Leaders of the Group of seven (G7) countries must break their fossil fuel dependency, and invest in genuine solutions to energy security, like energy efficiency and community-owned renewables, demanded Friends of the Earth Europe today.
As international climate talks resume in Bonn today, two months after climate scientists warned of climate-change-related risks from extreme events, leaders of the G7 are meeting in Brussels to discuss topics including the Ukraine, climate and energy.
G7 countries must not misuse the Ukraine crisis to fast-track further fossil fuel development – including increased shale gas trade and development and to opening Europe's doors to tar sands, the dirtiest fossil fuel in commercial production. G7 countries should instead focus on sustainable solutions to Europe's energy security, according to the organisation.
Colin Roche, extractives campaigner for Friends of the Earth Europe said: "Under the guise of energy security, G7 leaders are pushing a corporate-driven agenda of dirty energy. This will lock in fossil fuel use for decades. The only path to energy security is to break the stranglehold of fossil fuel imports, prevent further shale gas development, and develop our own clean, community-owned renewable energy resources."
The EU's proposal for its climate and energy targets for 2030 – the 'EU 2030 package' – are already dangerously inadequate according to the organisation. Europe spends billions of euros every year importing dangerous fossil fuels which contribute to climate change. Europe should improve its energy security by enacting three nationally-binding targets: to cut greenhouse gas emissions by at least 60% by 2030, to reduce energy use by 50% and to increase the share of renewables to 45% . In addition, the EU must provide finance for developing countries to help them to tackle climate change.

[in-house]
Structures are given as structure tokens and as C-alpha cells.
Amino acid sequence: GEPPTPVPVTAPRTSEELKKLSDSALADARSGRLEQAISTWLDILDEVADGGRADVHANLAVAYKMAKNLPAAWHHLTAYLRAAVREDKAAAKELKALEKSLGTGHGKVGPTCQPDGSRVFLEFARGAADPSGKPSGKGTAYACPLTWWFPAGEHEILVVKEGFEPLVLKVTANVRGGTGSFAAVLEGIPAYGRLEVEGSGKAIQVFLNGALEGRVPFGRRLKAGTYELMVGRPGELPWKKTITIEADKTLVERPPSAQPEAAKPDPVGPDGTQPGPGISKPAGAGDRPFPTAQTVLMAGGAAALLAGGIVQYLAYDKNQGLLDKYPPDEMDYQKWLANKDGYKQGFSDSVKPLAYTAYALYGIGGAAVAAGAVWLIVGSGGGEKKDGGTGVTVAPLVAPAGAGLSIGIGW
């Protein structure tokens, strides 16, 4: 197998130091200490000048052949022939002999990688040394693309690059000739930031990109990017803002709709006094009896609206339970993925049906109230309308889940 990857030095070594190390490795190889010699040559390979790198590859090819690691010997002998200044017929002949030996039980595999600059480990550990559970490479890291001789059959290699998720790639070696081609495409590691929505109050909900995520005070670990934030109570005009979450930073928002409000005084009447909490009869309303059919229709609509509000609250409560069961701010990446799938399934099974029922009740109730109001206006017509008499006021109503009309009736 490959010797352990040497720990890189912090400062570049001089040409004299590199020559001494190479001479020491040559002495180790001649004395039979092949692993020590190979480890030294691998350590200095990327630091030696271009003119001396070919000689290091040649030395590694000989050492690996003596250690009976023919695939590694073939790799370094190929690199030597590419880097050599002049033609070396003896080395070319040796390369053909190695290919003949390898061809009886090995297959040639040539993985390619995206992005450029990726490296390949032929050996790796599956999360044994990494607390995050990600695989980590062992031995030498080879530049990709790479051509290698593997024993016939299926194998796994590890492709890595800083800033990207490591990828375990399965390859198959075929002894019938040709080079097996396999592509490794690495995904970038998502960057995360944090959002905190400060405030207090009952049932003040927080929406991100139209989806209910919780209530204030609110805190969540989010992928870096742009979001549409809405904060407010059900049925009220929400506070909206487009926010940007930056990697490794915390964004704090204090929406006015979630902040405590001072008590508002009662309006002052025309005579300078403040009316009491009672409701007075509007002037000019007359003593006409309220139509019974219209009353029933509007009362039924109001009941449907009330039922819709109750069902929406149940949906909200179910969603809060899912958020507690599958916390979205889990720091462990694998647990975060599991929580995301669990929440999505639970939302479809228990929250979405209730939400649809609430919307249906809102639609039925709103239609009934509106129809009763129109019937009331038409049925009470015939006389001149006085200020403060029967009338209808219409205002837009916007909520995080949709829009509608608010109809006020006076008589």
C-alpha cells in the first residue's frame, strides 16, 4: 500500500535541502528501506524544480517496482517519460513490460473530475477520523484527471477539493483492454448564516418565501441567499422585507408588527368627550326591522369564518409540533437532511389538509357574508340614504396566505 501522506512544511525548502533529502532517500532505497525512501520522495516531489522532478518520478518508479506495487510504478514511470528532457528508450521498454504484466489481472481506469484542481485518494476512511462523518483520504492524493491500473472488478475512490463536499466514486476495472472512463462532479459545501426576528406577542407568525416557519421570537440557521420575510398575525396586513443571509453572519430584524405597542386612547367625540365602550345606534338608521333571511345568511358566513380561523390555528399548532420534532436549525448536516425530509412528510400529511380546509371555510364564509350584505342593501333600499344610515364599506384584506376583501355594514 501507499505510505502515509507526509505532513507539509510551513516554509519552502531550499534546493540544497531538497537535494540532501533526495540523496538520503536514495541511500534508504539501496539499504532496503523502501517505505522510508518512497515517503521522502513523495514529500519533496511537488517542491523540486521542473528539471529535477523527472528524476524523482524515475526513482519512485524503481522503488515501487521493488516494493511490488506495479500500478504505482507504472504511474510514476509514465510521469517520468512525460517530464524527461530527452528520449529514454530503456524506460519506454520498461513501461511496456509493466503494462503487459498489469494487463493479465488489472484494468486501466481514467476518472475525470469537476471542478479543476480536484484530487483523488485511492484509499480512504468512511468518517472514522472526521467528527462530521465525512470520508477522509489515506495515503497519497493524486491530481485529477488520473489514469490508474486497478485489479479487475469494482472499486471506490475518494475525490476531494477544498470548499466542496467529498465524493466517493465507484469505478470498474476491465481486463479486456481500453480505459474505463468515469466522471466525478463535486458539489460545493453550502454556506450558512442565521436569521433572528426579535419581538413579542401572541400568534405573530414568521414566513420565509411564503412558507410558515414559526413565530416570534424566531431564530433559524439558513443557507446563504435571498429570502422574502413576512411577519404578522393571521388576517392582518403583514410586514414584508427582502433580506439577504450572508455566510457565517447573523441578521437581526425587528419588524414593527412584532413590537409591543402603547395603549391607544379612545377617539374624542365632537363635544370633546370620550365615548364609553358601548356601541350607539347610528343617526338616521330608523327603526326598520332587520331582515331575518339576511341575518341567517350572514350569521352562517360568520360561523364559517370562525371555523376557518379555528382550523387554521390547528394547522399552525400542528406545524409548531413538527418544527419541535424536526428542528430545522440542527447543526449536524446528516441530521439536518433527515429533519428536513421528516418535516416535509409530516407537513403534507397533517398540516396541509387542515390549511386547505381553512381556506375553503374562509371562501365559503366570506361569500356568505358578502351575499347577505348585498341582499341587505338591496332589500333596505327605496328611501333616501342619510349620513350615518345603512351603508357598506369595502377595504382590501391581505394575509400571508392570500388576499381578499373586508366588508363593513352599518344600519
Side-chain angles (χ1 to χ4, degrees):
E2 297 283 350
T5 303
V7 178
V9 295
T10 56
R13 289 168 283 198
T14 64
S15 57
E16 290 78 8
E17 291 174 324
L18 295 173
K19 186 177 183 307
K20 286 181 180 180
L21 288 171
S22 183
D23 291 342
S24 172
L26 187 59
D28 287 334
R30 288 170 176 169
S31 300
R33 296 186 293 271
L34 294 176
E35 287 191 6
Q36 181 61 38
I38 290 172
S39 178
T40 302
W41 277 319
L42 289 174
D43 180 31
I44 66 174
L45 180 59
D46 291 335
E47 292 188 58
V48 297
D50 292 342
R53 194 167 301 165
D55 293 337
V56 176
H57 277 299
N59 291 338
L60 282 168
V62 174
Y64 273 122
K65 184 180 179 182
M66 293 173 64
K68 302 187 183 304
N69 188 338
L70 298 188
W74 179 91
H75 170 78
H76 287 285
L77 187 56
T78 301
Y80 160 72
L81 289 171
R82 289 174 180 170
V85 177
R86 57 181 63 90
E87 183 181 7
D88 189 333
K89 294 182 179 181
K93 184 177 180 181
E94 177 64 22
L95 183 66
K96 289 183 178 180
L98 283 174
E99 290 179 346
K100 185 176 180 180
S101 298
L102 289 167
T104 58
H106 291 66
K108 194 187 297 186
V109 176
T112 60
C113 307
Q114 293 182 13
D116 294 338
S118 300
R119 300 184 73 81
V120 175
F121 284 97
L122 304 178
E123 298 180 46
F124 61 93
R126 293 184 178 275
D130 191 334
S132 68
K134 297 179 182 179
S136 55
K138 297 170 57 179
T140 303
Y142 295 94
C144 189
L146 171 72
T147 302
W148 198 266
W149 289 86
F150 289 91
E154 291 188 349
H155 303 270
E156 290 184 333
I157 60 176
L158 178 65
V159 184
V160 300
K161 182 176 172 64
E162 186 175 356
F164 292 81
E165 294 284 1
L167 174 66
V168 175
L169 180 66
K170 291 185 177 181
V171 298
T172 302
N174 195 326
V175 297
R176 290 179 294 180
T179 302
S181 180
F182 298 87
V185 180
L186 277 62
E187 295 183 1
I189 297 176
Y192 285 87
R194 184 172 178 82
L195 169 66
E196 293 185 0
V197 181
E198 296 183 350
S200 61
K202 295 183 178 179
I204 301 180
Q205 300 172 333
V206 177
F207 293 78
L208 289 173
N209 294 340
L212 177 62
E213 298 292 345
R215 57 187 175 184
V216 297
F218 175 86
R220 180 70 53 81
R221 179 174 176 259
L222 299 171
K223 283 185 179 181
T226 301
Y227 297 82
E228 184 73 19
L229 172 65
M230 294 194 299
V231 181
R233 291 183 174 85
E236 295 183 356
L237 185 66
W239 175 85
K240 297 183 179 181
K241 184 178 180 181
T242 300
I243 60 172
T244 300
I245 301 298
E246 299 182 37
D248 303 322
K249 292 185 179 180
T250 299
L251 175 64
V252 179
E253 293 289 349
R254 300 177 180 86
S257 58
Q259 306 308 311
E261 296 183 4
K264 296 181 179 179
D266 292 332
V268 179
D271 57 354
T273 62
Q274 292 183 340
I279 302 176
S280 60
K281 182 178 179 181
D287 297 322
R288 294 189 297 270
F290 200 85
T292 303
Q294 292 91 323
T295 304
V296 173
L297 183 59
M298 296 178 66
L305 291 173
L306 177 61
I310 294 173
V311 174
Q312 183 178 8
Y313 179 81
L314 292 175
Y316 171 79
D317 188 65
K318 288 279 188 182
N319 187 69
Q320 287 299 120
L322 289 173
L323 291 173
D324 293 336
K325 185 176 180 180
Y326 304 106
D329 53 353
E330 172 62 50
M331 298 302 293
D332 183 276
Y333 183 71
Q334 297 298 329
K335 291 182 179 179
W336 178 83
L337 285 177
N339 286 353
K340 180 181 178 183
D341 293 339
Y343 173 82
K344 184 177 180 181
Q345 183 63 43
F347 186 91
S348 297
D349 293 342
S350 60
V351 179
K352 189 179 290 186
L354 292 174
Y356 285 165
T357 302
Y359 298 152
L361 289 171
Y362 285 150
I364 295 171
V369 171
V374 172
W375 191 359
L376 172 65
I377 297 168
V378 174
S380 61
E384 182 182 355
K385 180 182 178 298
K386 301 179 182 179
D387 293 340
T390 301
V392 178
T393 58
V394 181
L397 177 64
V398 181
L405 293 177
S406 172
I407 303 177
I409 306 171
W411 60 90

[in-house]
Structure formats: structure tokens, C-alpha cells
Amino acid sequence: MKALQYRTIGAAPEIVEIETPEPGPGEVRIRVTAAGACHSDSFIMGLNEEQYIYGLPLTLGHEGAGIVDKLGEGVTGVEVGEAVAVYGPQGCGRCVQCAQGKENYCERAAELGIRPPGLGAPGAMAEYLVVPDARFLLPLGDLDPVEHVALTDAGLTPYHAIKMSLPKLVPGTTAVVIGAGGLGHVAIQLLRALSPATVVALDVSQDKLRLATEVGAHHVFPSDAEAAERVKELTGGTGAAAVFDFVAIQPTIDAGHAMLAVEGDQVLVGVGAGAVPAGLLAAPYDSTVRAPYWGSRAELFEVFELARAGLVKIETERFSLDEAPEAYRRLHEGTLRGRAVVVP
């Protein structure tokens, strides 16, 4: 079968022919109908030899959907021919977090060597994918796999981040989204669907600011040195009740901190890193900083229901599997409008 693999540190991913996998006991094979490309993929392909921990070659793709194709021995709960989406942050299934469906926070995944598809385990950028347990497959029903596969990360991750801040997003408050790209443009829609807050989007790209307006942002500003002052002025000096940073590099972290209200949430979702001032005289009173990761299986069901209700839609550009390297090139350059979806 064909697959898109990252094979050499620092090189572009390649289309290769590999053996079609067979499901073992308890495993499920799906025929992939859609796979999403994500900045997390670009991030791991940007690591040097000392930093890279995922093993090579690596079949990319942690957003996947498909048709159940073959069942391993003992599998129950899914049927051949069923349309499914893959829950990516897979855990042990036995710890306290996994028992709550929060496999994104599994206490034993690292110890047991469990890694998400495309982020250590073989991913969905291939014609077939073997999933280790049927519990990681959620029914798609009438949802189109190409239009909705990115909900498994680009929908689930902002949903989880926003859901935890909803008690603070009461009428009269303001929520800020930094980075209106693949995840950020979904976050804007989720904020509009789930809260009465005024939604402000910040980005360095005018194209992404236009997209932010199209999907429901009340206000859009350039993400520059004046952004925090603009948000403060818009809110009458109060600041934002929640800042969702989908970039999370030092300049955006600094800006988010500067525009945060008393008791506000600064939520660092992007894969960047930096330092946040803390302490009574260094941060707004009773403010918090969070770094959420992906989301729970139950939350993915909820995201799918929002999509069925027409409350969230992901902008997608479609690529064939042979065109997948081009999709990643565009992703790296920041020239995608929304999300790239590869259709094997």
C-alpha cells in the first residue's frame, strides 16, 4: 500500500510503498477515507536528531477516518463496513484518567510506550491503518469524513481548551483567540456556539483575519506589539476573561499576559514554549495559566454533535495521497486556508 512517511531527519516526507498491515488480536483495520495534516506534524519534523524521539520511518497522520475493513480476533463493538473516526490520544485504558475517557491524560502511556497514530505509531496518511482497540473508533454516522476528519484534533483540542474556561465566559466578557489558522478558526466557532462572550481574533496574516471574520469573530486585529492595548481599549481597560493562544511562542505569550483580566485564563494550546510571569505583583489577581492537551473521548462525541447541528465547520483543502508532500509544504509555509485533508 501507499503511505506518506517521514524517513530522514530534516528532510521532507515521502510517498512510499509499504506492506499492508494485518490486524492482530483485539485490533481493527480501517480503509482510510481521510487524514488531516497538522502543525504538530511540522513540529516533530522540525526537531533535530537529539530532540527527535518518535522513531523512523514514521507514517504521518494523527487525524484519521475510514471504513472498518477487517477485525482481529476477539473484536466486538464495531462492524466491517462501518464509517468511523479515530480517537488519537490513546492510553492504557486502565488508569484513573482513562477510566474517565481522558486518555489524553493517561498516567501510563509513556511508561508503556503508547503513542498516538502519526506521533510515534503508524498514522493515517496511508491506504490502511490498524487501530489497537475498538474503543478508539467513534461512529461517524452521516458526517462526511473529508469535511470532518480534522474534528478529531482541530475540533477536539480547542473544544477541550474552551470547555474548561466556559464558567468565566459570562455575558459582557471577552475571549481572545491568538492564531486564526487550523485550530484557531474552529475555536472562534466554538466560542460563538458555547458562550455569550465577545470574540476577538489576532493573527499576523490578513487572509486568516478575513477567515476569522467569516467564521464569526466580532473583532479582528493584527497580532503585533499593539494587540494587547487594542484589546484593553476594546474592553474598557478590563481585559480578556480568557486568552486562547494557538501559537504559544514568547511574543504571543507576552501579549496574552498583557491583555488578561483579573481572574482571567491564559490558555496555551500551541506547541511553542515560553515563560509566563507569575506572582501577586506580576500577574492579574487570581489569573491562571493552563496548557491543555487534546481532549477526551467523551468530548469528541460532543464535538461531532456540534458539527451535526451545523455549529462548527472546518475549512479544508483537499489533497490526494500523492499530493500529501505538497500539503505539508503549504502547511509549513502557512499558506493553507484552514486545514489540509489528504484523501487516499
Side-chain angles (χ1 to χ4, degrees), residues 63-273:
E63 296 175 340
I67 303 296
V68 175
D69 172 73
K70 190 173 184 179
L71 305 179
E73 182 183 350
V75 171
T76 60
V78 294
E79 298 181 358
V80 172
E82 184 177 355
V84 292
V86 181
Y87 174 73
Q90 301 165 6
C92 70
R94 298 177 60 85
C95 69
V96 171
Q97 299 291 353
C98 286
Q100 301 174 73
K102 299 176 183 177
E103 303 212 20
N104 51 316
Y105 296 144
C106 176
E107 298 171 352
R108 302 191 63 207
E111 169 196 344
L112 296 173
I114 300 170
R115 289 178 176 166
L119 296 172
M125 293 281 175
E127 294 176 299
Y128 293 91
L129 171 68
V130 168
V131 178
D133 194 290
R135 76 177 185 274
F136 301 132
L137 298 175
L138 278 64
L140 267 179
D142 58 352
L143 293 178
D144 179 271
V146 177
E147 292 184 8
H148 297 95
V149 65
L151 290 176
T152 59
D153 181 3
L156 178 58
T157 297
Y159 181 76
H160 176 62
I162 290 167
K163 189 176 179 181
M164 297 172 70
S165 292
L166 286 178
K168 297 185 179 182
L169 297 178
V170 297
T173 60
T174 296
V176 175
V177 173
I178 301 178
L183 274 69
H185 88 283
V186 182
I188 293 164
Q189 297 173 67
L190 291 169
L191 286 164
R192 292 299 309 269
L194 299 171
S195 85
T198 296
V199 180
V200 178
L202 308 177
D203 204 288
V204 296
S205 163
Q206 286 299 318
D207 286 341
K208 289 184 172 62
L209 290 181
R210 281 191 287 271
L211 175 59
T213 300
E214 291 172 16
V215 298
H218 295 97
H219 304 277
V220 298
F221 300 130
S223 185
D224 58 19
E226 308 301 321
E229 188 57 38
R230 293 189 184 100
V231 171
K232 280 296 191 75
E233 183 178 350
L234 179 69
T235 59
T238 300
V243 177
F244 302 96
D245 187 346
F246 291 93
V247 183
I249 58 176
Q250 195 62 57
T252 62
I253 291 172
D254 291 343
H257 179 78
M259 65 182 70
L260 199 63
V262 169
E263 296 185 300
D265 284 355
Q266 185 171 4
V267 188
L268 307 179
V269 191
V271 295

Susann Scherbarth, climate justice and energy campaigner for Friends of the Earth Europe said: "We walked out of the climate talks in Warsaw in frustration at the toxic influence of dirty energy corporations on the talks and the positions of many national governments. We're seeing the same story with the G7. Instead, Europe needs to leave fossil fuels in the ground, and promote greater energy efficiency and community-owned renewables – to deliver a more secure future for us all."
 At the turn of the century the EU imported 47% of its energy needs, in 2011 54% and by 2030 the European Commission has predicted Europe's energy import dependency will grow to 55%.